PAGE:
Last week, the Congressional Budget Office weighed in on the biggest economic imponderable in the health care debate: how private health insurance premiums will behave under health reform.
Building on its December 2008 CBO health insurance market analysis, CBO forecast largely benign effects from health reform’s private market reforms and subsidies on the vast majority of the presently insured (e.g. voting public).
According to CBO, only 17% of Americans in the so-called non-group market—largely individuals—would see premium increases in 2016 (the CBO reference year), because they would be required to purchase fatter benefits with less economic risk.
CBO believes that the other 83% of the presently insured will see little or no change.
I think the fiscal risks of a partially federalized private health benefit are significantly greater than CBO has suggested.
Estimated premium subsidies in proposed legislation—$574 billion over ten years in HR 3962—are pegged to estimated private health insurance premiums.
If, as a result of legislative intervention, premiums actually rise by, say, double the forecasted rates, Congress will be under fierce political pressure to match the increases, or throw millions of people who depend on subsidies back into the ranks of the uninsured.
Where that additional money would come from in 2016, with trillion-dollar deficits, Social Security transitioning to negative cash flow, and baby boomers flooding onto Medicare, becomes a large question.
What we’re really talking about is trying to predict the fluid dynamics of a $900 billion lake of money—the private insurance premium pool. Lake volume is determined by how private insurers price their products, which, in turn, is determined by how their actuaries forecast both variables that will be politically controlled and variables that are beyond political control.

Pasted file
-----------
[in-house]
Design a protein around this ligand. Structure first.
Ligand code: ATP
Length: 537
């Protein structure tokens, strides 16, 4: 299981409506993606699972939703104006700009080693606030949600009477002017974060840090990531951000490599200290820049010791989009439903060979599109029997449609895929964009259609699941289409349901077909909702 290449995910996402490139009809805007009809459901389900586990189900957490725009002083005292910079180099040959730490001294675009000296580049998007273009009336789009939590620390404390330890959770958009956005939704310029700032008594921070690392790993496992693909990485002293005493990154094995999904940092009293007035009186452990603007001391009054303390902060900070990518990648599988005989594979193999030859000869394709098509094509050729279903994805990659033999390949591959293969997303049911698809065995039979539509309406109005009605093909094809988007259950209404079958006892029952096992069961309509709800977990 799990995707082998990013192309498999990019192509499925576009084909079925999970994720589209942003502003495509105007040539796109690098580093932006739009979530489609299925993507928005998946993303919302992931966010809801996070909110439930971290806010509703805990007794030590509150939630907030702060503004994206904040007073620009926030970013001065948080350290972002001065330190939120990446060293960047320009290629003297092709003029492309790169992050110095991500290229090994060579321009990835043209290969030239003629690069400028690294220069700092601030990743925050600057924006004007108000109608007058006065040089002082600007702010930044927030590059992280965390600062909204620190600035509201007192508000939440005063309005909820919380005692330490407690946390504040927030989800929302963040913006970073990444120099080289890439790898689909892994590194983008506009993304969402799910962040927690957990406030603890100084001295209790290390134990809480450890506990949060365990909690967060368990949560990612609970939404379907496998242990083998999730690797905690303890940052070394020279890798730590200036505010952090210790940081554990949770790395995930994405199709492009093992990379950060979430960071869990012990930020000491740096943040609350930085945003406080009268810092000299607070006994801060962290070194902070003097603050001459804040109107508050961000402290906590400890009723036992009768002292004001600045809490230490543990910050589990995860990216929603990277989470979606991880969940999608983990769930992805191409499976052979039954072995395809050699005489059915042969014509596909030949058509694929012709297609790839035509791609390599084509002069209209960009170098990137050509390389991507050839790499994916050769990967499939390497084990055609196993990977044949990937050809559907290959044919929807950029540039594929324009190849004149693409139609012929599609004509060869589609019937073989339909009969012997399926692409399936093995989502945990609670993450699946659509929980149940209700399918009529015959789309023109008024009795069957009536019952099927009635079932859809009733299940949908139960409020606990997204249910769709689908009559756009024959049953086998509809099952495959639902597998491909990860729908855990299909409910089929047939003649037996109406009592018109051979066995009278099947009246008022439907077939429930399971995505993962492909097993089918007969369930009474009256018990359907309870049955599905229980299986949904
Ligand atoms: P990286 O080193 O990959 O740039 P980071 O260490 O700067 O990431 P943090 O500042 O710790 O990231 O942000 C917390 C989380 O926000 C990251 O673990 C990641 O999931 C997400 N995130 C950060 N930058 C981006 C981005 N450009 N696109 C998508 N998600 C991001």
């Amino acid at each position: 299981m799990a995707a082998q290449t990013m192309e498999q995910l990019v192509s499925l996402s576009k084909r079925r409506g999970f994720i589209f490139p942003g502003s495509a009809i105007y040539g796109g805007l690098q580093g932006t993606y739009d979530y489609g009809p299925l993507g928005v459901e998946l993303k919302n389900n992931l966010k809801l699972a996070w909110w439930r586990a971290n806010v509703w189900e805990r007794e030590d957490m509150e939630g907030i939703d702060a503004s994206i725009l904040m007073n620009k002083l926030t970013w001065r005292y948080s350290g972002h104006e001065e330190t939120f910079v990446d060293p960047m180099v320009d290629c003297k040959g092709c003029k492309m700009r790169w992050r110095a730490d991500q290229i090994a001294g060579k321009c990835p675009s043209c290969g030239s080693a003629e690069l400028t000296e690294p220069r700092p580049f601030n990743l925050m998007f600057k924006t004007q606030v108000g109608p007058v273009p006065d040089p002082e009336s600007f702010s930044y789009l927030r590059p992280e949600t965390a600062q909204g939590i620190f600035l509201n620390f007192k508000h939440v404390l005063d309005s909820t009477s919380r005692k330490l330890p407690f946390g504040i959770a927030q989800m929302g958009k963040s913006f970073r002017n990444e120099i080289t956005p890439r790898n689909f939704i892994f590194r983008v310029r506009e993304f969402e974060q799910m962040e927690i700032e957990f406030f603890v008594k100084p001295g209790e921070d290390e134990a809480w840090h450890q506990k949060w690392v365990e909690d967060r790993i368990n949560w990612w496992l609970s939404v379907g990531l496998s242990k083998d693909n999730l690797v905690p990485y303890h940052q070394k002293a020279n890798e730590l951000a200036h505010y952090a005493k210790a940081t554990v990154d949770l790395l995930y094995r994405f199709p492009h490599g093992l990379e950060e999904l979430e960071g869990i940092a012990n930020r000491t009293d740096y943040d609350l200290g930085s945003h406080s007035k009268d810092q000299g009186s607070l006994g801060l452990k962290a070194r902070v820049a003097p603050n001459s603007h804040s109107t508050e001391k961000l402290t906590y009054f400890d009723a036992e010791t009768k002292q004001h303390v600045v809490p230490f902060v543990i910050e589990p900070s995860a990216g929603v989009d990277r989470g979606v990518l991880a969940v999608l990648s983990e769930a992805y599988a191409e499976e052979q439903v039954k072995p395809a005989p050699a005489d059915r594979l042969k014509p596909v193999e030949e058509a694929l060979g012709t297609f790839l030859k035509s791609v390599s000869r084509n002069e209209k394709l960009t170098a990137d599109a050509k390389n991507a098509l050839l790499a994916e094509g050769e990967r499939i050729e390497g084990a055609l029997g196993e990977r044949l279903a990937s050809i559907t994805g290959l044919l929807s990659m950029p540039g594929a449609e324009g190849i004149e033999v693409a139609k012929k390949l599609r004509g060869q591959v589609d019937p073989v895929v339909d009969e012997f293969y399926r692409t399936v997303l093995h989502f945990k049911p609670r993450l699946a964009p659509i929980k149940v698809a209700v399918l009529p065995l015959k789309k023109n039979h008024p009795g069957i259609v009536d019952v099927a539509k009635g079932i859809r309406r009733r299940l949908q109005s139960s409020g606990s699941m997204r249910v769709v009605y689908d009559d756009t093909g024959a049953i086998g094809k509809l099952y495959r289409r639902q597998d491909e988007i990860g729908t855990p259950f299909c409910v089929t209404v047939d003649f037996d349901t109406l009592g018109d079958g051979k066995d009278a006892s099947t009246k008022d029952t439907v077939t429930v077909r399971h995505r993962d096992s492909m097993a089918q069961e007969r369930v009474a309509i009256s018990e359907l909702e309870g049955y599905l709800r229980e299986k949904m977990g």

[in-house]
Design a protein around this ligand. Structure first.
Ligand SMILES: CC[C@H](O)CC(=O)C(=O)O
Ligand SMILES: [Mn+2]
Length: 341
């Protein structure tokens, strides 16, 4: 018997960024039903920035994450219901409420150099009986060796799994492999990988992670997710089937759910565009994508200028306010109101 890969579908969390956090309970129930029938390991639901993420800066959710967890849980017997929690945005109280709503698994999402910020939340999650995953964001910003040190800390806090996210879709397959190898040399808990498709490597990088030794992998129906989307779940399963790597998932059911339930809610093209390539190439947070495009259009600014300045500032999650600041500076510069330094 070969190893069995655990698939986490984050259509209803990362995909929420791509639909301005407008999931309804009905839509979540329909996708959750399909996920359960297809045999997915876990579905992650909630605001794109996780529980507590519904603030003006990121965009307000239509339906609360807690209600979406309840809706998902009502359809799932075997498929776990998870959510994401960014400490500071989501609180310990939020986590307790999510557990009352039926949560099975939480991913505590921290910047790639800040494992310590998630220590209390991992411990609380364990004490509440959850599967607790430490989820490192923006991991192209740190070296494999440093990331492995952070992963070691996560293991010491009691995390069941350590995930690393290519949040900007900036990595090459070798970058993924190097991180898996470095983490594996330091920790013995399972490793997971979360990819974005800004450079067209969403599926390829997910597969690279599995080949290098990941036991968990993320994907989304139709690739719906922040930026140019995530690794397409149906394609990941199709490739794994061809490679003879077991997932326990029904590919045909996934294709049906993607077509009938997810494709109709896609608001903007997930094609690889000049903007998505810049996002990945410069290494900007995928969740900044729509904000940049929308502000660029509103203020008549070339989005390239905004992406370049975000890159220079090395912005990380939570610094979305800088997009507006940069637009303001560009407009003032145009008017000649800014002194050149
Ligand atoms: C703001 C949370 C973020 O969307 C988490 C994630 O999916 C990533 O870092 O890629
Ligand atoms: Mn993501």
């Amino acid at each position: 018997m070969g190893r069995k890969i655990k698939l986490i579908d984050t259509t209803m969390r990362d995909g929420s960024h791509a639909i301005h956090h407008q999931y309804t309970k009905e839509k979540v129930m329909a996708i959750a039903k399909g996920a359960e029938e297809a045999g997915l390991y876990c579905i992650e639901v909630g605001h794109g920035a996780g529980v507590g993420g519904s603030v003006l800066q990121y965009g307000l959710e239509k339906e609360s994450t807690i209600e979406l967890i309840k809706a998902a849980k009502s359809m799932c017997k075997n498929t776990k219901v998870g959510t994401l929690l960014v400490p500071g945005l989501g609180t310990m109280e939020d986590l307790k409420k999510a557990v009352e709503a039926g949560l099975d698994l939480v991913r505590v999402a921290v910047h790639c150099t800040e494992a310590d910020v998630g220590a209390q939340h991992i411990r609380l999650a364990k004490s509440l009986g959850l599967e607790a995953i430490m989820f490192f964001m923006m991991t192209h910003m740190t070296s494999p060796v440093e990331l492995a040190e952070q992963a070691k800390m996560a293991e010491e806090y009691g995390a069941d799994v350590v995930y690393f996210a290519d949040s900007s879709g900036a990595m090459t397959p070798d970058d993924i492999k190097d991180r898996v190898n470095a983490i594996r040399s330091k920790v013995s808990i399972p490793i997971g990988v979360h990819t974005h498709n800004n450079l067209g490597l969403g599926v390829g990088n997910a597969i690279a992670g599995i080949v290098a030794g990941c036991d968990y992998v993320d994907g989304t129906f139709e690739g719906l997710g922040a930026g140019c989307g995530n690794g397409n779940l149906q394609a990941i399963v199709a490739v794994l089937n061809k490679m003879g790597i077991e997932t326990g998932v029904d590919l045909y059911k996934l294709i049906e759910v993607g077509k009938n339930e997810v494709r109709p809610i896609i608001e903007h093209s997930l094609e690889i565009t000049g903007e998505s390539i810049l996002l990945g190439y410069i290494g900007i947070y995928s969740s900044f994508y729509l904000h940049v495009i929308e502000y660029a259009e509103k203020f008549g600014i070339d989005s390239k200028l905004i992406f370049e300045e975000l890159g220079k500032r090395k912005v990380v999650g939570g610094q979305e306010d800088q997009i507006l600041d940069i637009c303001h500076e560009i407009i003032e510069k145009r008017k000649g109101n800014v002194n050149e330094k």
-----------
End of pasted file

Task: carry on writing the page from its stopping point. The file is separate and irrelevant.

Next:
Under health reform, the federal government will aggressively restructure insurance underwriting practices. Insurers will be required to:
- Issue policies to anyone who applies.
- Cover an (politically determined) “essential benefit.”
- Not cap the benefit for those with catastrophic medical expenses.
- Not charge more than two or three times the least expensive rate to the oldest or sickest in the pool.
- Add people in their 20s to their parents’ policies, and a host of other factors.
There is no actuarial roadmap through this completely restructured insurance marketplace. It’s terra incognita, properly labeled “Here There Be Dragons!”
Health reform will also create a new Boulder Dam to hold back the lake—a system of health insurance exchanges that become the gateway to the private market, not only for those presently uninsured, but also for a large number of the currently insured population. The exchange’s rules will be the de facto regulatory hurdle health plans will have to surmount to reach the rest of us.
Some humility is appropriate here for all forecasters: the behavior of that lake of money is a classic complex phenomenon.
For all the comforting semblance of objectivity, the CBO’s analysis is just a guess—an educated guess—about how the lake will behave if you completely restructure its boundaries. You can model the heck out of it, but all you really do is reframe your uncertainties.
CBO makes some truly debatable assumptions that lead to their benign forecast:
- That there is little provider cost shifting in the present market, and will be less in the future because of all the newly covered folks.